Often in clinical trial safety data analysis, people are confused with the basic concept of "number of events" vs "number of subjects with events". Obviously, the number of events counts the events (event level) while number of subjects counts the subjects (subject level).
Using adverse event (AE) summary as an example,the difference between “the number of AEs” and “the number of subjects with AEs” sometimes may not be very obvious for some people. For the number of AEs, since the same subject can have more than one adverse events, we can not really calculate the percentage since the numerator and denominator could be any number. It is a mistake if you divide the number of events with the number of subjects under a treatment arm. You could have an unreasonably large percentage (sometimes larger than 100%).
For the number of subjects with AEs, we always count by subject. If a subject has more than one AEs, it will be counted one once. Therefore, the numerator (the number of subjects with AEs) is always smaller than the denominator (number of subjects exposed). We can calculate the percentage and the percentage should always be less than 100%. We can this percentage as 'incidence of AEs'. The following table (extracted from a document in FDA's website) is an example of AE presentation (counted by subjects).
The statistical summary tables for adverse events are often constructed to present the both total # of AEs and # of subjects with AEs (or precisely the number of subjects with at least one AEs). However, in the table, there will be no percentage calculated for total # of AEs. If the readers are not clear about the concept of "# of AEs" vs "# of subjects with AEs), they could question the correctness of the summary table. Very often, they might count the # of subjects with AEs and compare with the # of AEs and find discrepancies (sure there will be discrepancies). The reason? some subjects must have more than one AEs.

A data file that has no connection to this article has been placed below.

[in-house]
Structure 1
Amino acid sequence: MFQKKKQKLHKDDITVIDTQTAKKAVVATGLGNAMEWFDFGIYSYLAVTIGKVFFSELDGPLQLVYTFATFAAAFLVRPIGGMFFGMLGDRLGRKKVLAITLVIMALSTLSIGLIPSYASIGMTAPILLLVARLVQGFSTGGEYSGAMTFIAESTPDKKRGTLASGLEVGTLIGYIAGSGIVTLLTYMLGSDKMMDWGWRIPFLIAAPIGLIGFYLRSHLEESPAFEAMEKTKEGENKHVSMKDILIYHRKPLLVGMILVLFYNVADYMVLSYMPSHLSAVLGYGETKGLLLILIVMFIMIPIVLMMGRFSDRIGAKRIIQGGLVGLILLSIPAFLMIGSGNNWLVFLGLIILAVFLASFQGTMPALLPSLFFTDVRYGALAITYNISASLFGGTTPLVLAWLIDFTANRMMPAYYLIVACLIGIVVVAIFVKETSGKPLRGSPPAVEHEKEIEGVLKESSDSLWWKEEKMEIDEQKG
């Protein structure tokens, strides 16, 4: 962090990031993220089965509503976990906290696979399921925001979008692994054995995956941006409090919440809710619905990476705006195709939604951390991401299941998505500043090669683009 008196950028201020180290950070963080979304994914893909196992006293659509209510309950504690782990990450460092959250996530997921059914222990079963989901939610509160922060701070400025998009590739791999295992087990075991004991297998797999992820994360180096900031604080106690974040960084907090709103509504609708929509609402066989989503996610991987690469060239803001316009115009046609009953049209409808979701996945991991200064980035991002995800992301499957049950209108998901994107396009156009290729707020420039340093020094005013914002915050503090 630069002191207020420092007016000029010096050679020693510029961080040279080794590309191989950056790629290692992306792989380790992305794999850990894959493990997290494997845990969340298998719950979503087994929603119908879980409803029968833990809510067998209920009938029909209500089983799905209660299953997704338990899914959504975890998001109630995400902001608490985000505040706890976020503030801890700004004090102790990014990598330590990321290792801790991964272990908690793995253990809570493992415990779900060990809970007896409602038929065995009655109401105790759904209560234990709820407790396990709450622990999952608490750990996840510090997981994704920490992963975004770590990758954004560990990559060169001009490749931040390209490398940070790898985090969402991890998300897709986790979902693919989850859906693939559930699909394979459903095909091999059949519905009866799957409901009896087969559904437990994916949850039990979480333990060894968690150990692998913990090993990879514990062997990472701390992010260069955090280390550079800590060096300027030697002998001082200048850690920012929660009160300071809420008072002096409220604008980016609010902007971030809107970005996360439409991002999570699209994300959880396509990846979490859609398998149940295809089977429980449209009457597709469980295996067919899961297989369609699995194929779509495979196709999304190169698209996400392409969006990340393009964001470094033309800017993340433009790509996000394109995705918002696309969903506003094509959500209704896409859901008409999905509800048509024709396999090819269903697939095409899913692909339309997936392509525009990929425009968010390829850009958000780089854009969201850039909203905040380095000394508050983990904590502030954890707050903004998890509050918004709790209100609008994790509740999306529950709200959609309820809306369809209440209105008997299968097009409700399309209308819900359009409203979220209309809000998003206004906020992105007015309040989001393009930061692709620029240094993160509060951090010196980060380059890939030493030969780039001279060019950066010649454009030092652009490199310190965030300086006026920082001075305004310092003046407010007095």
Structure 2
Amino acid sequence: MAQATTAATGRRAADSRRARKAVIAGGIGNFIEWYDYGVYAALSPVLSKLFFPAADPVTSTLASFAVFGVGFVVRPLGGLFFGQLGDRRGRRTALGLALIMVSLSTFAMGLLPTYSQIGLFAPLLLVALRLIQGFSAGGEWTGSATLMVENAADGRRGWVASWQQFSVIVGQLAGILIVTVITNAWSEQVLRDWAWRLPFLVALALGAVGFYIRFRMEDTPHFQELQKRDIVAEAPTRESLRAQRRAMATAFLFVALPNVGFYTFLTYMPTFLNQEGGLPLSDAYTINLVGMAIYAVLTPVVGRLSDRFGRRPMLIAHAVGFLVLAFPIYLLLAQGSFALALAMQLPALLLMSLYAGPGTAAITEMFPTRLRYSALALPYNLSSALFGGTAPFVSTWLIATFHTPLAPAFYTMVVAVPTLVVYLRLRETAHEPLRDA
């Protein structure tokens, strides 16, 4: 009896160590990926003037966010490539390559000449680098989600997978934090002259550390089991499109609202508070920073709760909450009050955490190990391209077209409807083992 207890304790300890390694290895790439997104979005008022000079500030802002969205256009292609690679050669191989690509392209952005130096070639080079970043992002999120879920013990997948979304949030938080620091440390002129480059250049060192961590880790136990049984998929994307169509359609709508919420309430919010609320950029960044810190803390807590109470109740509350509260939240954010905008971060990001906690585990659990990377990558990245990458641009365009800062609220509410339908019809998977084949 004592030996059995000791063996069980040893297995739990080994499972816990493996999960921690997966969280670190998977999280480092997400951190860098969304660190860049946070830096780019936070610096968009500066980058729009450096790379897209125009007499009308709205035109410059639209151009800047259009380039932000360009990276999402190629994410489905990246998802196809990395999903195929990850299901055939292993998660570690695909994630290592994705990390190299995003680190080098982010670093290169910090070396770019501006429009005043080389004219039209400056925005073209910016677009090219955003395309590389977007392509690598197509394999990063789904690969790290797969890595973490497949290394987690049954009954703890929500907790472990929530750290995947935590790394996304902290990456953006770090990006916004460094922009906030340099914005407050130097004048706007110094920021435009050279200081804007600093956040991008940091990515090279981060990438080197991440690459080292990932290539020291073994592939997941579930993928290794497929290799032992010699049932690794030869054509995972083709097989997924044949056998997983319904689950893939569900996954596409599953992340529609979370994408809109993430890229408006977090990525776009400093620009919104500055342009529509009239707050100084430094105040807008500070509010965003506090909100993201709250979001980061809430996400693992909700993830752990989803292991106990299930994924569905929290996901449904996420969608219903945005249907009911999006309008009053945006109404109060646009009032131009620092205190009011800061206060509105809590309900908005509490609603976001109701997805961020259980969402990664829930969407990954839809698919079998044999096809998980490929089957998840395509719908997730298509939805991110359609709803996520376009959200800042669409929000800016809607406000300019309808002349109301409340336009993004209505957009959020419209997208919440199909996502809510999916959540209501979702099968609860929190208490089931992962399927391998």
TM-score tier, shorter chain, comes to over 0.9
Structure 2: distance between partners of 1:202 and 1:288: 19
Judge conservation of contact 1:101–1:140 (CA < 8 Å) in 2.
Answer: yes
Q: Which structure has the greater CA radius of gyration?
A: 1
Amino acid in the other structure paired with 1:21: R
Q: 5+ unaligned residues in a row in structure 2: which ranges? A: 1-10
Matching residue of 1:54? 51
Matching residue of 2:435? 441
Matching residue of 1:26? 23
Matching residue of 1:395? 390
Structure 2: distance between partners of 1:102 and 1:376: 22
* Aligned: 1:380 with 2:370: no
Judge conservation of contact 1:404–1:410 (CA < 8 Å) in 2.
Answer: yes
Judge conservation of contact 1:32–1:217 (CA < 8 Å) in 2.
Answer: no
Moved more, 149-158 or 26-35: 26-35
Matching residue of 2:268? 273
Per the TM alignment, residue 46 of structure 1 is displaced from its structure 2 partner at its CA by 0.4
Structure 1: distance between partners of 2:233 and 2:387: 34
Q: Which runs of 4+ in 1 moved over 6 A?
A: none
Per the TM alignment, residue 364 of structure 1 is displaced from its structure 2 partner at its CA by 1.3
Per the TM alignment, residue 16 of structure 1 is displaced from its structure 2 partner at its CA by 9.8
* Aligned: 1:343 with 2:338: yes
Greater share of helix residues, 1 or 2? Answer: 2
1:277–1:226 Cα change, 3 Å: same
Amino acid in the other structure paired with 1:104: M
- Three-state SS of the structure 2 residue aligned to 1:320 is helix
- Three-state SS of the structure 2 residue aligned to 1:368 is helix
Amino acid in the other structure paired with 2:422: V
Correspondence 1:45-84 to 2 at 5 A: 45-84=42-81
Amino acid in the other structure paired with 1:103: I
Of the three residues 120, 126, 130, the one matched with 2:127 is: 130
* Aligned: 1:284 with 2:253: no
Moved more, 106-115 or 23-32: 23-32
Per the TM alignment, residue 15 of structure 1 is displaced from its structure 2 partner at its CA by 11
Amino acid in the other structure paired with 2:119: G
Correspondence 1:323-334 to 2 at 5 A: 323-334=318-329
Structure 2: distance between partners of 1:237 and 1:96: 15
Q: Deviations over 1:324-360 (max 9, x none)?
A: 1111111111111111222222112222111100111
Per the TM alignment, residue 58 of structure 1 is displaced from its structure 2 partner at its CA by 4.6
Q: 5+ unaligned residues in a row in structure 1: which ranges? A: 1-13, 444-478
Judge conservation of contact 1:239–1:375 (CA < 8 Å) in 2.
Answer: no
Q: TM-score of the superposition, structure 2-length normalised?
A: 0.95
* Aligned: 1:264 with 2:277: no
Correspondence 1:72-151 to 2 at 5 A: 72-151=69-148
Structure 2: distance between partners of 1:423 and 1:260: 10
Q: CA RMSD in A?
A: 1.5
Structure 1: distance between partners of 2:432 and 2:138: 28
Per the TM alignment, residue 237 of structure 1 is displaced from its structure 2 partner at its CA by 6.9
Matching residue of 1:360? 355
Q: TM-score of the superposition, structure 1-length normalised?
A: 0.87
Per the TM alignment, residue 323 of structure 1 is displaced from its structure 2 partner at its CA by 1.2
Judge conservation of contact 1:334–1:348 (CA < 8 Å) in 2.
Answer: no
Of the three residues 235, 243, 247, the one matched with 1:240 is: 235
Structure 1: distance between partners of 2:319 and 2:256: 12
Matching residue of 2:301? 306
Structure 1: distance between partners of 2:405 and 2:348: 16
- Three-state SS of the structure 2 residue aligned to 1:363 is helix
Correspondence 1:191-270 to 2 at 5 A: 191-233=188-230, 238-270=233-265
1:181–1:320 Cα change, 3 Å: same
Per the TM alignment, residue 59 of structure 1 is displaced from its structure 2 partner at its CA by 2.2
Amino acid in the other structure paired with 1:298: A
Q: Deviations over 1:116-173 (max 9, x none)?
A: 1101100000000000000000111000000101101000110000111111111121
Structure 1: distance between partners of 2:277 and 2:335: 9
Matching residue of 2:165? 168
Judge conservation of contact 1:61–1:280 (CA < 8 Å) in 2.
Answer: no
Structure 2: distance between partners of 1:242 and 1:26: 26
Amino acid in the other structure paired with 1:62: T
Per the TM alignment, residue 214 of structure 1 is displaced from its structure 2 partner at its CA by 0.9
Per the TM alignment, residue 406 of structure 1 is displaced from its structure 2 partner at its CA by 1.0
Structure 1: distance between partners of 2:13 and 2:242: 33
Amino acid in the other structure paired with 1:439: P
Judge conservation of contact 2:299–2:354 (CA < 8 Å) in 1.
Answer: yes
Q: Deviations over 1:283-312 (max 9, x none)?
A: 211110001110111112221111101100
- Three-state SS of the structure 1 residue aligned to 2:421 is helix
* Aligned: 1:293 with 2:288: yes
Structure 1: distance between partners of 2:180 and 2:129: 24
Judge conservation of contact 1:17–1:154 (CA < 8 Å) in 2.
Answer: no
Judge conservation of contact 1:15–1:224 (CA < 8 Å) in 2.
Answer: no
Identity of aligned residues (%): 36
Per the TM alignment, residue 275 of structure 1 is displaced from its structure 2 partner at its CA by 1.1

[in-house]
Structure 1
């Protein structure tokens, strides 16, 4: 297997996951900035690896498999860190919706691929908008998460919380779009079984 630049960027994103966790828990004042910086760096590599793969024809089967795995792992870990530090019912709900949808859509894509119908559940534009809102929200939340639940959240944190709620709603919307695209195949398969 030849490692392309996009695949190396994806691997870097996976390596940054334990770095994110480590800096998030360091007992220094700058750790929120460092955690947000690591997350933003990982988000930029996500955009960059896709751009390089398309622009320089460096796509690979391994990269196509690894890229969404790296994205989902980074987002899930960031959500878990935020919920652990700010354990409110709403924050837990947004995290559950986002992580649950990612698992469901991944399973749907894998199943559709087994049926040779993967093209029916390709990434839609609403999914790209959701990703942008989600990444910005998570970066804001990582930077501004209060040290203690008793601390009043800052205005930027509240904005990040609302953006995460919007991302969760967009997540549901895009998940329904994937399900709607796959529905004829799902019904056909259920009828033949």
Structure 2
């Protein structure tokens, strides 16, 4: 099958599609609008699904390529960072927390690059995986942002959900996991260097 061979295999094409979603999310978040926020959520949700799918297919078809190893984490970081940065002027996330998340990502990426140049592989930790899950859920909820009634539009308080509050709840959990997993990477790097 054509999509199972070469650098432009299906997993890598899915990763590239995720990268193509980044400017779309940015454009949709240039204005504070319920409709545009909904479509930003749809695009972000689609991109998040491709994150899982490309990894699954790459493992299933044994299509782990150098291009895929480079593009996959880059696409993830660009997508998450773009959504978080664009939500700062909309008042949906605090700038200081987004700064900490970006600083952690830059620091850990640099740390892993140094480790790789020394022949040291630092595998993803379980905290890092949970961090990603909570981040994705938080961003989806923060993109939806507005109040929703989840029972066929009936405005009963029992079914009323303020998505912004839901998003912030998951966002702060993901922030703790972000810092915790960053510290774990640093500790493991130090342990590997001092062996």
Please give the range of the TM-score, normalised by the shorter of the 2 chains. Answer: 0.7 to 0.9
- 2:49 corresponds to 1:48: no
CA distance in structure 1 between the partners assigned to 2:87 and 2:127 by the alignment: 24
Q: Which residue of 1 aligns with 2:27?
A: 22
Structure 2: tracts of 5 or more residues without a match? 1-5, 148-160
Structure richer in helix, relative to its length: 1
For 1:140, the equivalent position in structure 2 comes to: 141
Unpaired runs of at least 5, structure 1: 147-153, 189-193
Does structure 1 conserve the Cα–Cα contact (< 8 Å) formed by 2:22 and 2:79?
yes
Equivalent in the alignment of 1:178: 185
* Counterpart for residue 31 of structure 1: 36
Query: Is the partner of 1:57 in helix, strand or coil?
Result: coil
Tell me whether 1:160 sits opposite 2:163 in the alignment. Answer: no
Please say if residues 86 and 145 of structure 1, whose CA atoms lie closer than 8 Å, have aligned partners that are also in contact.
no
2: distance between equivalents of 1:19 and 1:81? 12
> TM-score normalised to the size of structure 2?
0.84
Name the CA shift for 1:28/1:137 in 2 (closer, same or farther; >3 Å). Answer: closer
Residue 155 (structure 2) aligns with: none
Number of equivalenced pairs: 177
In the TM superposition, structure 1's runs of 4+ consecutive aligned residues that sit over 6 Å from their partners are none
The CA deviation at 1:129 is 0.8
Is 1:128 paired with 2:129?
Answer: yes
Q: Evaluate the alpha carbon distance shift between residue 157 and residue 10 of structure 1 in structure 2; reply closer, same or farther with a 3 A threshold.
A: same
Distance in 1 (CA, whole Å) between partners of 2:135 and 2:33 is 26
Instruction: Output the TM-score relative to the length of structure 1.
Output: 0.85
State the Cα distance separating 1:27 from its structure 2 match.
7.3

In some situations, we can indeed calculate the rate, proportion for # of Events (number of adverse events). For example, for total number of AEs, we could calculate how many of these events are mild, moderate, severe. You could see this information presented in package insert for some approved drugs on the market. We could also calculate the incidence rate of AEs by using the total number of AEs as numerator and total number of infusions, total number of dose distributed, or total number of person years as denominator. In these situations, we should always understand what the numerator is and what the denominator is. For a good presentation of the statistical summary table, the numerator and denominator used for calculation should be specified in the footnote. A few years ago, I saw a commercial presentation comparing a company's product safety with other competitive products. When they calculate the AE frequency for their product, they use (total number of AEs) / (the total number of doses). When they calculate the AE frequency for other competitive products, they use (total number of AEs) / (total number of subjects). Since each subject receives more than one doses, their calculation of the AE frequency for their product is markedly lower. However, this trick is wrong and unethical.